The corporation will soon undergo a transformation akin to the change of the nation-state during the age of Enlightenment.
Once the medieval church lost its grip on Europe, the modern nation-state grabbed power. For centuries, religious wars defined European politics. Huge swaths of the population were murdered by competing religions that used monarchs and rebels to compete for ascendancy. It was not until religion was made a personal matter and nation-states focused on issues of politics that warfare became less frequent. Governments could focus on quality of life instead of imposing religion through force.
Today, power has shifted from capitalism, from "the bank," to the corporation. JP Morgan sat on corporate boards and formed corporations like General Electric and International Harvester. The purpose of these newly formed corporations was financial gain. The aims of the bank, financial returns, still define the aims of the corporation just as the aims of the church to impose a homogeneity of religious belief first defined the modern nation-state.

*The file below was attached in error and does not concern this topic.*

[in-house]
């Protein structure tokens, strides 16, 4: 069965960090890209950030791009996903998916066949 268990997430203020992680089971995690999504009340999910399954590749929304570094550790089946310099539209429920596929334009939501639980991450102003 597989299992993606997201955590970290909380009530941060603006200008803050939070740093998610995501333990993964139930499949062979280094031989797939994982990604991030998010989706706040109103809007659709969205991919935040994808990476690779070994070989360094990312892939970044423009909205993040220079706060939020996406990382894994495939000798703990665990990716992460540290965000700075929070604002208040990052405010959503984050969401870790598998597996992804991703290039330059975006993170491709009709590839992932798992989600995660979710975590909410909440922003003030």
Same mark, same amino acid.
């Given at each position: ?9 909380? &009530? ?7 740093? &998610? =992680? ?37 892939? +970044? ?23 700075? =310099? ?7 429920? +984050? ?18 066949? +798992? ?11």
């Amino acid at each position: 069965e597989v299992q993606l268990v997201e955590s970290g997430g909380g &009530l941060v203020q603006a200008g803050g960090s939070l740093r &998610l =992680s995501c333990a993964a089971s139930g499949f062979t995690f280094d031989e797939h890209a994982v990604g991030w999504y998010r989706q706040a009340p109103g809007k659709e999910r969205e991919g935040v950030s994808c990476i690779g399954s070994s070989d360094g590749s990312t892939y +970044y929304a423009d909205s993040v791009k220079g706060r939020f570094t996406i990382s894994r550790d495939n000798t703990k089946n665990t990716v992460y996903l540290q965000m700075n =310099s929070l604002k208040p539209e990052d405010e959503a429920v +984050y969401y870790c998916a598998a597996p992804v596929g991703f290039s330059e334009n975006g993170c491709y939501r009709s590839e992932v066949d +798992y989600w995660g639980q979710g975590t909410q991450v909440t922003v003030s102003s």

Talking about the aims of the corporation today without talking about profit is about as odd as it would be to talk about the aims of the nation-state in 1650 without talking about which religion it ought to enforce on its subjects.
The idea of financial gain within the corporation being a matter left to individuals may seem foreign to us, but our grandchildren will accept it as easily as we accept transcontinental flights or leaving the matter of religion to individuals. It is yet another dimension of turning employees into entrepreneurs, of giving the individual more autonomy.